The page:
Marissa Alexander was found guilty in a Florida court last week of three counts of aggravated assault in an incident where she fired her legally registered gun at the ceiling while trying to escape from her now-ex-husband in 2010.
Despite the fact that 36-year-old ex-husband Rico Gray was arrested in 2009 for beating her, and that his deposition admitted he was beating her the night of the incident, Marissa may spend up to 20 years in jail for the single shot that echoed through their Jacksonville, Florida home. Gray even stated that:
“I got five baby mamas and I put my hand on every last one of them except one. The way I was with women, they was like they had to walk on eggshells around me.”
Many of Alexander’s supporters wonder where Florida’s controversial Stand Your Ground law was during Marissa’s trial, or even battered-spouse laws. Instead of being protected under the same law as Trayvon Martin’s killer George Zimmerman, Marissa Alexander finds herself behind bars.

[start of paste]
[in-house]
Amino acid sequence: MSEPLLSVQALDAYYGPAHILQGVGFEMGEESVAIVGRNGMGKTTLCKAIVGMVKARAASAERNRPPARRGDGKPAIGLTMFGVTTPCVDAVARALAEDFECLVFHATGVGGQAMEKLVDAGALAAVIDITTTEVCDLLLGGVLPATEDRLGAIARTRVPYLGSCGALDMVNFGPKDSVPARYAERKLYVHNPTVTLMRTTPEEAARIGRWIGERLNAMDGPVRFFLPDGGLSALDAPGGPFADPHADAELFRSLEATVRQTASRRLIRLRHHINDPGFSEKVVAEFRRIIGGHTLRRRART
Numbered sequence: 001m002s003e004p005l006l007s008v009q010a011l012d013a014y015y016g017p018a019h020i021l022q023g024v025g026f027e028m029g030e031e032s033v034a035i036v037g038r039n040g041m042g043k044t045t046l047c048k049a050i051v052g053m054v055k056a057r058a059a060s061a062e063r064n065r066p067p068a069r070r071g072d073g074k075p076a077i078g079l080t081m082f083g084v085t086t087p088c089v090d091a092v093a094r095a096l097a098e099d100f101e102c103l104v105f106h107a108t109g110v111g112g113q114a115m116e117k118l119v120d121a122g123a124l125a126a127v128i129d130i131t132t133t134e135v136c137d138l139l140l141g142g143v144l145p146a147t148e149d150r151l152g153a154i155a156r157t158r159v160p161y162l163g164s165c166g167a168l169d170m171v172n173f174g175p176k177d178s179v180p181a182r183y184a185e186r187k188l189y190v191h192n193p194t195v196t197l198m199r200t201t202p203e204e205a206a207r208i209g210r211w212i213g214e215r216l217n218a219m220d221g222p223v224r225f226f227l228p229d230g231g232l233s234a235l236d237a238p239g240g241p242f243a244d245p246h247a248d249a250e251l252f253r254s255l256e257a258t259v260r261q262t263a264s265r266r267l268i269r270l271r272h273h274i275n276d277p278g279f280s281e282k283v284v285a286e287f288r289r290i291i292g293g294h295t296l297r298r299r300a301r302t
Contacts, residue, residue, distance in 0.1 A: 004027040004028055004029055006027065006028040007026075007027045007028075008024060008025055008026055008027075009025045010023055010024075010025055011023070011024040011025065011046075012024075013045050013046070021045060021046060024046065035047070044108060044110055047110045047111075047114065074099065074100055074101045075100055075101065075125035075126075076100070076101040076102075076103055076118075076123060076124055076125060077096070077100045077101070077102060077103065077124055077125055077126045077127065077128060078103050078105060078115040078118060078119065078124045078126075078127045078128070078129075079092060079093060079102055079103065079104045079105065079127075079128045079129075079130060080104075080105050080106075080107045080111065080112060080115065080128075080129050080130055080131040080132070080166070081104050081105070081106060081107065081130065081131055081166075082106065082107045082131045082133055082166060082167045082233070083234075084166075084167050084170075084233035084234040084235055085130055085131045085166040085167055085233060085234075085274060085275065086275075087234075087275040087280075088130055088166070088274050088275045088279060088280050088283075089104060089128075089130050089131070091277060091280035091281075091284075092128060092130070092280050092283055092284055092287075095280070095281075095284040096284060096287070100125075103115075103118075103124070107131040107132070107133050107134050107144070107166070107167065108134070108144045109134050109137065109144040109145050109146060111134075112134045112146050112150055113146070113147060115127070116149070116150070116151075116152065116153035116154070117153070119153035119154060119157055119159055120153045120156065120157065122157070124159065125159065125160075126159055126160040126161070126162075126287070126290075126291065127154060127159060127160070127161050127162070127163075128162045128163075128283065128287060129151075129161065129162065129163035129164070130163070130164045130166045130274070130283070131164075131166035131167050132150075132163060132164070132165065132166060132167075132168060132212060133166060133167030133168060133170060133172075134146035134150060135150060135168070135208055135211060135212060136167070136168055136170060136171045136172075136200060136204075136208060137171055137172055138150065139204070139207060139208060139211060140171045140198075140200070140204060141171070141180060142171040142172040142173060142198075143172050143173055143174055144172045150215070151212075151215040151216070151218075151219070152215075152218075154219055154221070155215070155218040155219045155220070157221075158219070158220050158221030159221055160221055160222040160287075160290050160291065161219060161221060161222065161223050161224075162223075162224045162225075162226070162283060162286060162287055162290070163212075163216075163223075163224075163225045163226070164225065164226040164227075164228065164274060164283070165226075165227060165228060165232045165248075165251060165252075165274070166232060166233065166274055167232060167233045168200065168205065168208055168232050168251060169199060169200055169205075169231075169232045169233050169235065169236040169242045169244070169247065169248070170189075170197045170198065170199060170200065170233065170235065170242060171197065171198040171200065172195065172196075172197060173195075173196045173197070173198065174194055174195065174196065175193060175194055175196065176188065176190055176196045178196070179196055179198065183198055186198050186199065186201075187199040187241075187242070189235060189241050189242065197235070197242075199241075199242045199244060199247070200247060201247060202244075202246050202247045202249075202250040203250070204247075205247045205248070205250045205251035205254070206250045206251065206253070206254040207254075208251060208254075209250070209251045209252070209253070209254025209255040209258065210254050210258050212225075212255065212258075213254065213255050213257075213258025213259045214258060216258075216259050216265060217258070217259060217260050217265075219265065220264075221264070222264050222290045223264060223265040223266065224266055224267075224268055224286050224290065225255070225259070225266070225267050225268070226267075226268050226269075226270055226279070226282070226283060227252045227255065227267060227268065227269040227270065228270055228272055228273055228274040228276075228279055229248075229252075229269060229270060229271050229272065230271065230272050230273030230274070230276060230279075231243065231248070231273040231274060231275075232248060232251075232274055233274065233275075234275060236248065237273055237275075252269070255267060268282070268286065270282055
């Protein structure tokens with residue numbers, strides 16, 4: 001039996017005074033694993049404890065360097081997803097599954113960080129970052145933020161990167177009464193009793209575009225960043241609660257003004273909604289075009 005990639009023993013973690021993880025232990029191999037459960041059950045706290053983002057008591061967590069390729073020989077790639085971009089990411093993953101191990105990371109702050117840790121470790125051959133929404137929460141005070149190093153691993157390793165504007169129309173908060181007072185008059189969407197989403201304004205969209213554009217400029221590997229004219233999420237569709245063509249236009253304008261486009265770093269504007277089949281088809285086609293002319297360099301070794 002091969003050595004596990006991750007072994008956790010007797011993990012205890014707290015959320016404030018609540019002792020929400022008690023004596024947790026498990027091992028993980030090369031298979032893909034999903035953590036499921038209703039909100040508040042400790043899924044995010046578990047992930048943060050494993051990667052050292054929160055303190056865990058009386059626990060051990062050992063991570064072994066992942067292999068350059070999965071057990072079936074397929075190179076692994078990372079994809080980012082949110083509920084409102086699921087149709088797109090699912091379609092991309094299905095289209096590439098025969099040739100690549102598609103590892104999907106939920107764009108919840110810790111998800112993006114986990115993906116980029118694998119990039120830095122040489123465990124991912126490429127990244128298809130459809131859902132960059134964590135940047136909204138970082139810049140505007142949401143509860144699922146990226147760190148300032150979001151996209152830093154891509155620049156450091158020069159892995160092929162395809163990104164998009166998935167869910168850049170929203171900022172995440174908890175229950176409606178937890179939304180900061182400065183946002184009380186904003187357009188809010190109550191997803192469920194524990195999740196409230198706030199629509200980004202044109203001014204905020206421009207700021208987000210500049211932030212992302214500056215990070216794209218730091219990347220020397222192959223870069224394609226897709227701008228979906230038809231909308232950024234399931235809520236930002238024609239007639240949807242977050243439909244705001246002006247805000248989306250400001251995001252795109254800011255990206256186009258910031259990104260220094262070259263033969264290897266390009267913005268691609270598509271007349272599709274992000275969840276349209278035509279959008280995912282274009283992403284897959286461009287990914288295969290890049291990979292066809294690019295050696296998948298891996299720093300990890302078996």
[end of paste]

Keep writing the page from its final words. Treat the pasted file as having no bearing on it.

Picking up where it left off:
While Alexander’s lawyer did file for immunity in the incident, however a judge dismissed it. Helen Jenkins, Alexander’s mother stated that:
“You hear about people killing people and walking away. You hear about people shooting people and not getting charged for it. I look at my daughter, she didn’t shoot anyone, she wanted to protect herself. She didn’t want to kill him, she just didn’t want him to kill her. In America we have the right to bear arms. She did everything right that she was supposed to do and she ended up behind bars facing 20 years. I don’t know what that says. Does that tell men it’s OK to beat your wives? I haven’t heard anything about that.”
Following her conviction, the 31-year-old mother of three pleaded for her freedom. Wiping away tears, she said:
“This is my life I’m fighting for. “If you do everything to get on the right side of the law, and it is a law that does not apply to you, where do you go from there?”
Kevin M. Cobbin, Marissa Alexander’s attorney stated that he is currently fighting for a new trial and, hopefully, an overturned conviction.
Check out a different take on Marissa Alexander’s verdict here: